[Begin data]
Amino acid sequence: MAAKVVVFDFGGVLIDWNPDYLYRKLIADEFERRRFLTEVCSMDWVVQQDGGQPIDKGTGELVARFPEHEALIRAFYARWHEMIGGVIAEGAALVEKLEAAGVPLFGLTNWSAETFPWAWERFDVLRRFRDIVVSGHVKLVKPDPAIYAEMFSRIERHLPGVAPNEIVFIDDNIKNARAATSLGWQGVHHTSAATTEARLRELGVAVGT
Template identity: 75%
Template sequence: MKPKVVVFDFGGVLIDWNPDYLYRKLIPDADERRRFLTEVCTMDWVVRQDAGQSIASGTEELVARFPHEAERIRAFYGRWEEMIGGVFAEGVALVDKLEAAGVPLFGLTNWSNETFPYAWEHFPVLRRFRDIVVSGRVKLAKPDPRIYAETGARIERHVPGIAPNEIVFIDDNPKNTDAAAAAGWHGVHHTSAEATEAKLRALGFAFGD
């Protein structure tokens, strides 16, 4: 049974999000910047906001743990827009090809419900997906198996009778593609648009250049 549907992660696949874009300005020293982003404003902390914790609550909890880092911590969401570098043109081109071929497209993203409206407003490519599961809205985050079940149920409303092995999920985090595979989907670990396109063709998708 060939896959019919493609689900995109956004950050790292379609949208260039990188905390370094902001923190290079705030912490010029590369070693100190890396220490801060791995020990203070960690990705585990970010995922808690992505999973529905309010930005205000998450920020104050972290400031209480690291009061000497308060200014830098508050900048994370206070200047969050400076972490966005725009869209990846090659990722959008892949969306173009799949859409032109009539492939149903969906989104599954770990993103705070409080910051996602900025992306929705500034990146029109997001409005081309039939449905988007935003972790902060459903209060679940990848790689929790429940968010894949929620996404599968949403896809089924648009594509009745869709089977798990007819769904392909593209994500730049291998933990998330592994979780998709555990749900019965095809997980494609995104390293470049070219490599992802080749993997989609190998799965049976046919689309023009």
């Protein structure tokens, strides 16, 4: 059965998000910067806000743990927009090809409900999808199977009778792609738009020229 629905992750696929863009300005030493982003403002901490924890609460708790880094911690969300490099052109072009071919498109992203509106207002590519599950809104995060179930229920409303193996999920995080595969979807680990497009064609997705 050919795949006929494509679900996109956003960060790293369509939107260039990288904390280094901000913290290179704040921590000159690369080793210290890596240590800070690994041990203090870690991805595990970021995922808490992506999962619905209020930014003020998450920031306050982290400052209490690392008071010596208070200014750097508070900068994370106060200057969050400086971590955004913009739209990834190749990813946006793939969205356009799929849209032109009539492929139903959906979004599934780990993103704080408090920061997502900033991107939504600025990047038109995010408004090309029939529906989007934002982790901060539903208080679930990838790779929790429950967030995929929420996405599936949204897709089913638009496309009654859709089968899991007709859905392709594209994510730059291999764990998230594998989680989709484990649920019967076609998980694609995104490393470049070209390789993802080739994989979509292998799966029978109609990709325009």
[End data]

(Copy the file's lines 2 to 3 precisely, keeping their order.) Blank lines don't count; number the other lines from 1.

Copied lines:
Template identity: 75%
Template sequence: MKPKVVVFDFGGVLIDWNPDYLYRKLIPDADERRRFLTEVCTMDWVVRQDAGQSIASGTEELVARFPHEAERIRAFYGRWEEMIGGVFAEGVALVDKLEAAGVPLFGLTNWSNETFPYAWEHFPVLRRFRDIVVSGRVKLAKPDPRIYAETGARIERHVPGIAPNEIVFIDDNPKNTDAAAAAGWHGVHHTSAEATEAKLRALGFAFGD